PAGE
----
Asclepias humistrata

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Asclepias humistrata
Milk 10 - modified.jpg
Asclepias humistrata
Scientific classification
Kingdom: Plantae
Division: Magnoliophyta - Flowering plants
Class: Dicots
Order: Gentianales
Family: Apocynaceae
Genus: Asclepias
Species: A. humistrata
Binomial name
Asclepias humistrata
Walter
A. humistrata Map.PNG
Natural range of Asclepias humistrata from USDA NRCS [1].

Common names: Pinewoods milkweed; Sandhill milkweed

Taxonomic notes

Asclepias is named for Asklepio, the Greek god of medicine and healing. Humistrata is derived from the Latin word 'humis' meaning ground and 'sternere' to spread.[1]

Description

In general, with the Asclepias genus, they are perennial herbs usually milky sap. The stems are erect, spreading or decumbent and usually are simple and often solitary. The leaves are opposite to subopposite, are sometimes whorled, and rarely alternate. The corolla lobes are reflexed and are rarely erect or spreading. The filaments are elaborate into five hood forming a corona around the gynosteguim. The corona horns are present in most species.[2]

More specifically, for A. humistrata, the stems are glabrous, simple, stout, and rarely solitary; they spread ascendingly, and grow 2-7 dm tall. The leaves are opposite, about 5-8 pairs, ovate in shape, and 6-10 cm long, 4.5-8.5 cm wide. The leaves are widely acute to obtuse, the margins are flat, auriculate, more or less amplexicaul, subsucculent, glaucous, the veins are pink to lavender in color, and are sessile. There are 2-5 or more umbels beginning from the upper 2-5 nodes, and are 3-5 cm broad. The corolla is pale rose or lavender in color, the lobes are reflexed, and are 5-6.5 mm long. The corona is 3-5 mm in diameter. The horns are shorter than the hood. The follicles are erect and are 9-14 cm long, 1.3-1.8 cm broad. Flowers May to June; June to July.[2]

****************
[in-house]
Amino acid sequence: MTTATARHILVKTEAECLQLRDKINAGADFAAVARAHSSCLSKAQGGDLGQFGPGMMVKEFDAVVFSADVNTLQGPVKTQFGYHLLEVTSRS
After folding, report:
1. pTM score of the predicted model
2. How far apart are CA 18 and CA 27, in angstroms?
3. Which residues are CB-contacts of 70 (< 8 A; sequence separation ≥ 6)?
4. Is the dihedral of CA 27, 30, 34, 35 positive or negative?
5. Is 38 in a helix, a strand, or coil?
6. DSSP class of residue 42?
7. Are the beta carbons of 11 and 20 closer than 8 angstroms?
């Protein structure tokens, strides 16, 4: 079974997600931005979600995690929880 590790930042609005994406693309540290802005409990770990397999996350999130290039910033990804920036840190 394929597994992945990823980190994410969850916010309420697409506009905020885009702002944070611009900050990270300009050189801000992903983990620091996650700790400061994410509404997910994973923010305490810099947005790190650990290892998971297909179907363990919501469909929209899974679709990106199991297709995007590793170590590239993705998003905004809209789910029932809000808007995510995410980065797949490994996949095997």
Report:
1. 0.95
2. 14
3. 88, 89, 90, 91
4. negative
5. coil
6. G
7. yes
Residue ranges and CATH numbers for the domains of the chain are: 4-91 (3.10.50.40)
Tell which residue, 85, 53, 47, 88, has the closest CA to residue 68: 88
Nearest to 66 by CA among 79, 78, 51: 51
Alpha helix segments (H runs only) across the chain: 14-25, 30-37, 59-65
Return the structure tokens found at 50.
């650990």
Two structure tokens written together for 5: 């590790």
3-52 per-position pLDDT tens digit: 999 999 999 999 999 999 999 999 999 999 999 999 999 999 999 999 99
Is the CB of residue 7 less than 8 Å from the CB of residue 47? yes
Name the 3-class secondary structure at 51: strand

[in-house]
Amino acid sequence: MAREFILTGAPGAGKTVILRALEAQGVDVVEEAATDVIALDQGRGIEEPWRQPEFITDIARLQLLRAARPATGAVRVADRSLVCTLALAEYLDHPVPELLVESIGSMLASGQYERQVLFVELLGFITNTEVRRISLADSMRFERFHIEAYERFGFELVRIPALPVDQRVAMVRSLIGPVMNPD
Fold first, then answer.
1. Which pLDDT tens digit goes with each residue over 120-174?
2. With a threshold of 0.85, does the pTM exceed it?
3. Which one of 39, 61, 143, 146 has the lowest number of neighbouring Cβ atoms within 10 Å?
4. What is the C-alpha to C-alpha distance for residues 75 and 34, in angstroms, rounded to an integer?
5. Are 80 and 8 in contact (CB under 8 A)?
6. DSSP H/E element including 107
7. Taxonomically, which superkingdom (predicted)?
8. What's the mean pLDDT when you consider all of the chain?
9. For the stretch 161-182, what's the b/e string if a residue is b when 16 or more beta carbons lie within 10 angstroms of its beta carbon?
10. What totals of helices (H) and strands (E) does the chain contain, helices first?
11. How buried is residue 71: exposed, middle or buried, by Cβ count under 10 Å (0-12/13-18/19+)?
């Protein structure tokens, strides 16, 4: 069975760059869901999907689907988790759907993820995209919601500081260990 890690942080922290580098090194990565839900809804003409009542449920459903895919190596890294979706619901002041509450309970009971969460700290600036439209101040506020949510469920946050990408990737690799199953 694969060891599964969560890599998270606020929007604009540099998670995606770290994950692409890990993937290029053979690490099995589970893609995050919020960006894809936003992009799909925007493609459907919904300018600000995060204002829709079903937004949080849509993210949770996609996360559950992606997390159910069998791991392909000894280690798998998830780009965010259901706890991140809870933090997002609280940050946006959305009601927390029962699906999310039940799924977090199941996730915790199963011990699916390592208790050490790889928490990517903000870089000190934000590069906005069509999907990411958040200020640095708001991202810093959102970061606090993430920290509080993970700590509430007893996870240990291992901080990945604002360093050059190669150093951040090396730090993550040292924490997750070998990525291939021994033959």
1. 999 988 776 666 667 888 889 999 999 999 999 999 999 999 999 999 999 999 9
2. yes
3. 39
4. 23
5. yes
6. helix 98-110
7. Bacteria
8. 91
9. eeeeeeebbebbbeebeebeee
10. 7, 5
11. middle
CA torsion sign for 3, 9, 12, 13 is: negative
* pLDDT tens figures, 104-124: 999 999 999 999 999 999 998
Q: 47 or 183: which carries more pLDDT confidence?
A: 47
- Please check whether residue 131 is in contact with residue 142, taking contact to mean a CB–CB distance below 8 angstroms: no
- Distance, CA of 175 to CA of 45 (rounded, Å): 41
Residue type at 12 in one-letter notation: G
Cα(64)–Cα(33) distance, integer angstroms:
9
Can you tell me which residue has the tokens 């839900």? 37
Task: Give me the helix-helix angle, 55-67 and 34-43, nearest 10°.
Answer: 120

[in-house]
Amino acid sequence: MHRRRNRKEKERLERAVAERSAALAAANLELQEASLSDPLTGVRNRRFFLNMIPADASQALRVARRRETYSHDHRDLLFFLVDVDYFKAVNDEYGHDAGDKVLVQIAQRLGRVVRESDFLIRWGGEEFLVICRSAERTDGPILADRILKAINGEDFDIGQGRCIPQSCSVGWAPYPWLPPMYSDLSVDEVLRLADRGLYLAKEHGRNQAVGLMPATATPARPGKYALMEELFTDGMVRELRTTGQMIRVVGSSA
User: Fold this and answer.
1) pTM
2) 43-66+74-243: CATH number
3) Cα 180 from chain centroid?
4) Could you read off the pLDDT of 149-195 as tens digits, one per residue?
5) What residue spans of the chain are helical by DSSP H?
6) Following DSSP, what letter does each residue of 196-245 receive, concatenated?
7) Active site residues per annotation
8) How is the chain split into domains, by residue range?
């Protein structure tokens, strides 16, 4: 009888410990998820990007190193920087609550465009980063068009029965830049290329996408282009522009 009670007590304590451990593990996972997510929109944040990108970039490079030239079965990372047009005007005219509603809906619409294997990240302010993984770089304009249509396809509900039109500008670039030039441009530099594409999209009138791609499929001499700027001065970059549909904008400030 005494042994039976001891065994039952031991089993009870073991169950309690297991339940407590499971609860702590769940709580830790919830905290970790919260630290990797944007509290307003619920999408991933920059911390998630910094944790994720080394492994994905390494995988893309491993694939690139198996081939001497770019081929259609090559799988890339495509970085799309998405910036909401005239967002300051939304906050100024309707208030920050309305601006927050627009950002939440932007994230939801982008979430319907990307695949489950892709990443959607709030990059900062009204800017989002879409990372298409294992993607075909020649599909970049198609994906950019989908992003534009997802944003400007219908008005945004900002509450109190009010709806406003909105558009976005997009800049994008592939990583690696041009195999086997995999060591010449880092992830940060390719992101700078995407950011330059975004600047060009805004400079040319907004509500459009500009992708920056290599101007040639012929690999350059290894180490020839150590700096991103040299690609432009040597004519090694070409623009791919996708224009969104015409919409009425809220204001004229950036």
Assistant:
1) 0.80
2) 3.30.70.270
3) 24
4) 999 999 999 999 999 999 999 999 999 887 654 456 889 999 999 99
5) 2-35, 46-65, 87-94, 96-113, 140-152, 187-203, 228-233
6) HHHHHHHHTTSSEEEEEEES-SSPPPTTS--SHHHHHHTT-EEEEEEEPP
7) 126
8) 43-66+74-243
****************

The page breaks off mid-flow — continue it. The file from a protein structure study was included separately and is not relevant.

Distribution

Endemic to the southeastern U.S.: North Carolina south to Florida and west to Louisiana.[1]

Ecology

Habitat

In the Coastal Plain in Florida and Georgia, A. humistrata can occur in scrub oak sand ridges, longleaf pine-scrub oak ridges, pine-palmetto thickets, turkey oak scrubs, low sand dunes, and mixed pine hardwood associations. It can occur in disturbed areas such as sandy fallow fields and roadsides. Associated species include Coreopsis basalis, Hymenopappus scabiosaeus, Liatris, Panicum, Leptoloma cognatum, Quercus laevis, Q. incana, Q. geminata, Aristida stricta, Vaccinium stamineum, V. myrsinites and Licania michauxii. Soil types include loamy sand and coarse sand.[3]

Phenology

Flowers March through October and fruits April through October.[3]

Seed dispersal

The fruit dries and splits open, releasing seeds with a white, silky pappus that allows for wind dispersal.[1] The species is thought to be dispersed by wind. [4]

Seed bank and germination

Germination is delayed until late winter or spring when seeds have after-ripened and environmental temperatures increase to match seeds germination requirements.[5]

Fire ecology

It has been observed growing in burned over, longleaf pine forests.[3] A long, deep, thick taproot aids in rapid recovery after fire.[1]